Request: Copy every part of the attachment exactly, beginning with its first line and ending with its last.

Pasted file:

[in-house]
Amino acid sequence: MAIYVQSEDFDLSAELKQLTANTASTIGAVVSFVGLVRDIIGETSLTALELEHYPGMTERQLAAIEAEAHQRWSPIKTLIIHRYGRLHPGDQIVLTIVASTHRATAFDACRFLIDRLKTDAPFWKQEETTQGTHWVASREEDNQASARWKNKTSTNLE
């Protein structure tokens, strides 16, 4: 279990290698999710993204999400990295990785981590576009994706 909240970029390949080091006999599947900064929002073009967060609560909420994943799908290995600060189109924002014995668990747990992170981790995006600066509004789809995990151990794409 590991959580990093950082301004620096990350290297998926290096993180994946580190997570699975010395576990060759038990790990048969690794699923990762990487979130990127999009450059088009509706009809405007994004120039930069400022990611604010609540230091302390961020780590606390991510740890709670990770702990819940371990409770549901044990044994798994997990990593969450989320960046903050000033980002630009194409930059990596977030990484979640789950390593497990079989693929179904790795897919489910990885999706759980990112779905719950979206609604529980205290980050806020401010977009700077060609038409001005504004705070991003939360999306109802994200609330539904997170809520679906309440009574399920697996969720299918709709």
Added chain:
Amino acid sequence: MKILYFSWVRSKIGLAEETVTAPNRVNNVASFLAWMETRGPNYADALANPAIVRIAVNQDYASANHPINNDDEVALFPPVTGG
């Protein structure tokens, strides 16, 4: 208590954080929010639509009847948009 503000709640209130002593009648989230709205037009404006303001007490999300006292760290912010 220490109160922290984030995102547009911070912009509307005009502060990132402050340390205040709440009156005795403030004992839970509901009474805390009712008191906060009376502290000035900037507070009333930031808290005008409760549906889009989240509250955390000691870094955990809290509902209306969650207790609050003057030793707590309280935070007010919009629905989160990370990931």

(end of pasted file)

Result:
[in-house]
Amino acid sequence: MAIYVQSEDFDLSAELKQLTANTASTIGAVVSFVGLVRDIIGETSLTALELEHYPGMTERQLAAIEAEAHQRWSPIKTLIIHRYGRLHPGDQIVLTIVASTHRATAFDACRFLIDRLKTDAPFWKQEETTQGTHWVASREEDNQASARWKNKTSTNLE
């Protein structure tokens, strides 16, 4: 279990290698999710993204999400990295990785981590576009994706 909240970029390949080091006999599947900064929002073009967060609560909420994943799908290995600060189109924002014995668990747990992170981790995006600066509004789809995990151990794409 590991959580990093950082301004620096990350290297998926290096993180994946580190997570699975010395576990060759038990790990048969690794699923990762990487979130990127999009450059088009509706009809405007994004120039930069400022990611604010609540230091302390961020780590606390991510740890709670990770702990819940371990409770549901044990044994798994997990990593969450989320960046903050000033980002630009194409930059990596977030990484979640789950390593497990079989693929179904790795897919489910990885999706759980990112779905719950979206609604529980205290980050806020401010977009700077060609038409001005504004705070991003939360999306109802994200609330539904997170809520679906309440009574399920697996969720299918709709």
Added chain:
Amino acid sequence: MKILYFSWVRSKIGLAEETVTAPNRVNNVASFLAWMETRGPNYADALANPAIVRIAVNQDYASANHPINNDDEVALFPPVTGG
């Protein structure tokens, strides 16, 4: 208590954080929010639509009847948009 503000709640209130002593009648989230709205037009404006303001007490999300006292760290912010 220490109160922290984030995102547009911070912009509307005009502060990132402050340390205040709440009156005795403030004992839970509901009474805390009712008191906060009376502290000035900037507070009333930031808290005008409760549906889009989240509250955390000691870094955990809290509902209306969650207790609050003057030793707590309280935070007010919009629905989160990370990931």